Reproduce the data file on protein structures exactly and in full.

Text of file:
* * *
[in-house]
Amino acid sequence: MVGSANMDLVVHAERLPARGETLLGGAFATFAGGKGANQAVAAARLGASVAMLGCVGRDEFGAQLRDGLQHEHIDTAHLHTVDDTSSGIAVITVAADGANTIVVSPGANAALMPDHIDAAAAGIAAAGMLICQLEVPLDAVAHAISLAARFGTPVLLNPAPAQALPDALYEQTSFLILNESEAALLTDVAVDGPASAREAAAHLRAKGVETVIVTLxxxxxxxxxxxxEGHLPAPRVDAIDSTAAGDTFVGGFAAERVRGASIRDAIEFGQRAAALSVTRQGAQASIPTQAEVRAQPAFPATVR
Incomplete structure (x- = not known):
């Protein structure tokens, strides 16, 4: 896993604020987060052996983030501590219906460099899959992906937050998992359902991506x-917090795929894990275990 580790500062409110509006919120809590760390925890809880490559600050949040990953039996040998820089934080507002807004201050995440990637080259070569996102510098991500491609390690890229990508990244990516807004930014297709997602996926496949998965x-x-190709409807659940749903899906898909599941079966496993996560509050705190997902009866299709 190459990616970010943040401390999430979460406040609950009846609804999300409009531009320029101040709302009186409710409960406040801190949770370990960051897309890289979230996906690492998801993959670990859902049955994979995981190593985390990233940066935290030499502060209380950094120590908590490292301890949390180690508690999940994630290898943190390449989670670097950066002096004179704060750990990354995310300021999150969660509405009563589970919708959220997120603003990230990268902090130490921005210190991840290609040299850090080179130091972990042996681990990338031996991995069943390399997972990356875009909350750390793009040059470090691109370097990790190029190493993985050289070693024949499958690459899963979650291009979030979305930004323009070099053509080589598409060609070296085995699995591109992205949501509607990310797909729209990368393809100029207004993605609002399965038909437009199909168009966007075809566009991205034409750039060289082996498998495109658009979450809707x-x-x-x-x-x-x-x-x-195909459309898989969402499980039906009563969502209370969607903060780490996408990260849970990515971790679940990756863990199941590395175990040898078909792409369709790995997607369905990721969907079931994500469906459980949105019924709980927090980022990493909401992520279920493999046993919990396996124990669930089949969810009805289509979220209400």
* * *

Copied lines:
[in-house]
Amino acid sequence: MVGSANMDLVVHAERLPARGETLLGGAFATFAGGKGANQAVAAARLGASVAMLGCVGRDEFGAQLRDGLQHEHIDTAHLHTVDDTSSGIAVITVAADGANTIVVSPGANAALMPDHIDAAAAGIAAAGMLICQLEVPLDAVAHAISLAARFGTPVLLNPAPAQALPDALYEQTSFLILNESEAALLTDVAVDGPASAREAAAHLRAKGVETVIVTLxxxxxxxxxxxxEGHLPAPRVDAIDSTAAGDTFVGGFAAERVRGASIRDAIEFGQRAAALSVTRQGAQASIPTQAEVRAQPAFPATVR
Incomplete structure (x- = not known):
């Protein structure tokens, strides 16, 4: 896993604020987060052996983030501590219906460099899959992906937050998992359902991506x-917090795929894990275990 580790500062409110509006919120809590760390925890809880490559600050949040990953039996040998820089934080507002807004201050995440990637080259070569996102510098991500491609390690890229990508990244990516807004930014297709997602996926496949998965x-x-190709409807659940749903899906898909599941079966496993996560509050705190997902009866299709 190459990616970010943040401390999430979460406040609950009846609804999300409009531009320029101040709302009186409710409960406040801190949770370990960051897309890289979230996906690492998801993959670990859902049955994979995981190593985390990233940066935290030499502060209380950094120590908590490292301890949390180690508690999940994630290898943190390449989670670097950066002096004179704060750990990354995310300021999150969660509405009563589970919708959220997120603003990230990268902090130490921005210190991840290609040299850090080179130091972990042996681990990338031996991995069943390399997972990356875009909350750390793009040059470090691109370097990790190029190493993985050289070693024949499958690459899963979650291009979030979305930004323009070099053509080589598409060609070296085995699995591109992205949501509607990310797909729209990368393809100029207004993605609002399965038909437009199909168009966007075809566009991205034409750039060289082996498998495109658009979450809707x-x-x-x-x-x-x-x-x-195909459309898989969402499980039906009563969502209370969607903060780490996408990260849970990515971790679940990756863990199941590395175990040898078909792409369709790995997607369905990721969907079931994500469906459980949105019924709980927090980022990493909401992520279920493999046993919990396996124990669930089949969810009805289509979220209400």